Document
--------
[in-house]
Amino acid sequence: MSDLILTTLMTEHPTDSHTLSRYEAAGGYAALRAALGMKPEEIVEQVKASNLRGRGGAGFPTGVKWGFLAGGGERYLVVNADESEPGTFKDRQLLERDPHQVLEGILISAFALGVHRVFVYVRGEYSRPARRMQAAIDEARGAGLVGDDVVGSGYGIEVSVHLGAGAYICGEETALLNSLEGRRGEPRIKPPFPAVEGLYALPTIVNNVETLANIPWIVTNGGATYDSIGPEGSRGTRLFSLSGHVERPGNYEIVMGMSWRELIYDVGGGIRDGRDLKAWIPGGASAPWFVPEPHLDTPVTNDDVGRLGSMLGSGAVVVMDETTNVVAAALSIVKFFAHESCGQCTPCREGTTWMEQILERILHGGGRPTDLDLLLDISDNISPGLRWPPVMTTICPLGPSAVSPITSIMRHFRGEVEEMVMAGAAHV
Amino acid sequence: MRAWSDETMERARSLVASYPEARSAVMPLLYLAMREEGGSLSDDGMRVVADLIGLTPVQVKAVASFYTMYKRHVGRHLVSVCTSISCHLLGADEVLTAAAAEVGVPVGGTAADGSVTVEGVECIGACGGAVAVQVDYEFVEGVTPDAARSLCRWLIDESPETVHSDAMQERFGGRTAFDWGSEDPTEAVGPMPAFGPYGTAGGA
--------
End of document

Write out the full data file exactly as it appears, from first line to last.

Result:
[in-house]
Amino acid sequence: MSDLILTTLMTEHPTDSHTLSRYEAAGGYAALRAALGMKPEEIVEQVKASNLRGRGGAGFPTGVKWGFLAGGGERYLVVNADESEPGTFKDRQLLERDPHQVLEGILISAFALGVHRVFVYVRGEYSRPARRMQAAIDEARGAGLVGDDVVGSGYGIEVSVHLGAGAYICGEETALLNSLEGRRGEPRIKPPFPAVEGLYALPTIVNNVETLANIPWIVTNGGATYDSIGPEGSRGTRLFSLSGHVERPGNYEIVMGMSWRELIYDVGGGIRDGRDLKAWIPGGASAPWFVPEPHLDTPVTNDDVGRLGSMLGSGAVVVMDETTNVVAAALSIVKFFAHESCGQCTPCREGTTWMEQILERILHGGGRPTDLDLLLDISDNISPGLRWPPVMTTICPLGPSAVSPITSIMRHFRGEVEEMVMAGAAHV
Amino acid sequence: MRAWSDETMERARSLVASYPEARSAVMPLLYLAMREEGGSLSDDGMRVVADLIGLTPVQVKAVASFYTMYKRHVGRHLVSVCTSISCHLLGADEVLTAAAAEVGVPVGGTAADGSVTVEGVECIGACGGAVAVQVDYEFVEGVTPDAARSLCRWLIDESPETVHSDAMQERFGGRTAFDWGSEDPTEAVGPMPAFGPYGTAGGA